Evangelical Methodist Church in the Philippines

Church family:Methodist churches
Based in:Philippines
Present in:

About membership

Statistics of church membership, number of churches, congregations, pastors, etc. are those given by the churches and organizations, unless otherwise indicated. WCC member churches have various ways of defining their membership: state churches in which virtually every citizen is baptized and thus counted as a member, churches which include in their membership persons who are baptized but not actively participating, churches in which only adult baptized or communicant members are counted, etc. No attempt has been made to classify the membership figures in such categories, because agreed upon indicators to so do not exist.

Lay preachers:78
Member of:
 WCC (1972) 
Associate member of:
Periodicals:IEMELIF Newsletter (in Filipino and English)
(Iglesia Evangélica Metodista en las Islas Filipinas, IEMELIF)

Protestant missions started in the Philippines after the USA replaced Spain as the colonial power in the early 1900s. Among them were the Methodists. In the latter part of the first decade of the 20th century serious differences emerged between the Methodist missionaries and the Filipinos on the role of the latter in the running of church affairs. The intense spirit of nationalism that burned in their hearts led some Filipino church leaders to set up their own church that would be self-governing, self-sustaining, and self-propagating. Hence, in 1909, the Iglesia Evangélica Metodista en las Islas Filipinas (IEMELIF) was founded under the leadership of the first Filipino ordained pastor of the Methodist Episcopal Church. The early leaders were simple people. Consequently, their ways and methods of evangelism were attuned to the temper of the ordinary Filipinos, which accounted for the early success in building the church. However, the membership has not grown significantly due to several schisms that occurred in the past.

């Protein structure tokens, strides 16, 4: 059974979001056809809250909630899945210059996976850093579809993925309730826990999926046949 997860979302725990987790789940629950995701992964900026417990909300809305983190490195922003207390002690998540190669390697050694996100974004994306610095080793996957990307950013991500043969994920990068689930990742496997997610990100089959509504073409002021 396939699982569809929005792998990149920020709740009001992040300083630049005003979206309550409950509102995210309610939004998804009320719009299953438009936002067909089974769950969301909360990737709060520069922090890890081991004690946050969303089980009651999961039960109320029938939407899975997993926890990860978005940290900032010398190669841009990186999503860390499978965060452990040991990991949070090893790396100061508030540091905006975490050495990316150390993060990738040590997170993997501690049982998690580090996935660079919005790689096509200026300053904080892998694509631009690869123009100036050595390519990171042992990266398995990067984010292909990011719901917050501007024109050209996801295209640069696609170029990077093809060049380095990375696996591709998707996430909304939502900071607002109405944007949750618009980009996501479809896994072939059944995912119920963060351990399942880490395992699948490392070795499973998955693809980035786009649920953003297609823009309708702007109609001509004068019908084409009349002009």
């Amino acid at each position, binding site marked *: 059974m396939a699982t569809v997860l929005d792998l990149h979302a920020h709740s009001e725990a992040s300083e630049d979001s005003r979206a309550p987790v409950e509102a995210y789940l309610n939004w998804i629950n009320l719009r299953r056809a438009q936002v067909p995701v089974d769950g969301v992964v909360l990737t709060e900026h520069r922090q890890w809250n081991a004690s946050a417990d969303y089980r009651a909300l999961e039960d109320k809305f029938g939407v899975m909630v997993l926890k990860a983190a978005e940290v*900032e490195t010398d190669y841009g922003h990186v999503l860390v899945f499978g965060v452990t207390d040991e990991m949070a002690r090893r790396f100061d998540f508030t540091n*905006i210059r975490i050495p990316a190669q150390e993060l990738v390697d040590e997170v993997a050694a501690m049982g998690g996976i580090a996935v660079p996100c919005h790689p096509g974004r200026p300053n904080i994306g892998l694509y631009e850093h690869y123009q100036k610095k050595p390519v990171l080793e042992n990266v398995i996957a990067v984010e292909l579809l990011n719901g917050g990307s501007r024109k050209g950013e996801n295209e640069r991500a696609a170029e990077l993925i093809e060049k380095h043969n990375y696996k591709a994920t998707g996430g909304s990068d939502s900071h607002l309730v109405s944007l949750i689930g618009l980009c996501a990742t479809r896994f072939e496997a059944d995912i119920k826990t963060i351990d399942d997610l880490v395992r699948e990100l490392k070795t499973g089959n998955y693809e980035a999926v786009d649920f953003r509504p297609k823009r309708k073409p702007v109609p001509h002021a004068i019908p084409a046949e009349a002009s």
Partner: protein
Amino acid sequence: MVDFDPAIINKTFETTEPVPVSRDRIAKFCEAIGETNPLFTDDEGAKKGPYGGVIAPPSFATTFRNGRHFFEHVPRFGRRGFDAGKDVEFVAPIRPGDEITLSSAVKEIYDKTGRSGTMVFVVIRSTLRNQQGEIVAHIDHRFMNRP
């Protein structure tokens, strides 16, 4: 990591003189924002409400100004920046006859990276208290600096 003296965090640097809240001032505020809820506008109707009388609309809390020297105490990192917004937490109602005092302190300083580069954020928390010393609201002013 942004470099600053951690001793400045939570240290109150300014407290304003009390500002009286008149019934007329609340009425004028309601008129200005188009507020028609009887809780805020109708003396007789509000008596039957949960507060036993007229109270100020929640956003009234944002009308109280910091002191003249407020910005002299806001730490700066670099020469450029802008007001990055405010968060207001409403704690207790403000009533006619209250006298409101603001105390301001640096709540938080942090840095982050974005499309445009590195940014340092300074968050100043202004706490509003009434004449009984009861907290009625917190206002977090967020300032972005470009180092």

The church's early polity was patterned after that of the Methodist Episcopal Church. The discipline and rituals of the IEMELIF followed those of the mother church and were used for over four decades. However, in 1948, the IEMELIF amended its discipline and lodged the responsibility for leading the church in its consistory of elders, composed of 11 ordained ministers and two lay persons. This discipline was used from then on, with minor amendments from time to time. In 2004, a new discipline was approved by the general conference which introduced major structural change in the church organizational set-up, although retaining the consistory of elders as the policy-making body while the general superintendent runs the affairs of the church.

At the turn of the 20th century, the church re-envisioned its role and the challenges it faces for the 21st century. By God's grace and anchoring itself in its own distinctive identity, the IEMELIF will focus in the near future on church growth in the Philippines and broaden its missions abroad.

Last updated:01/01/06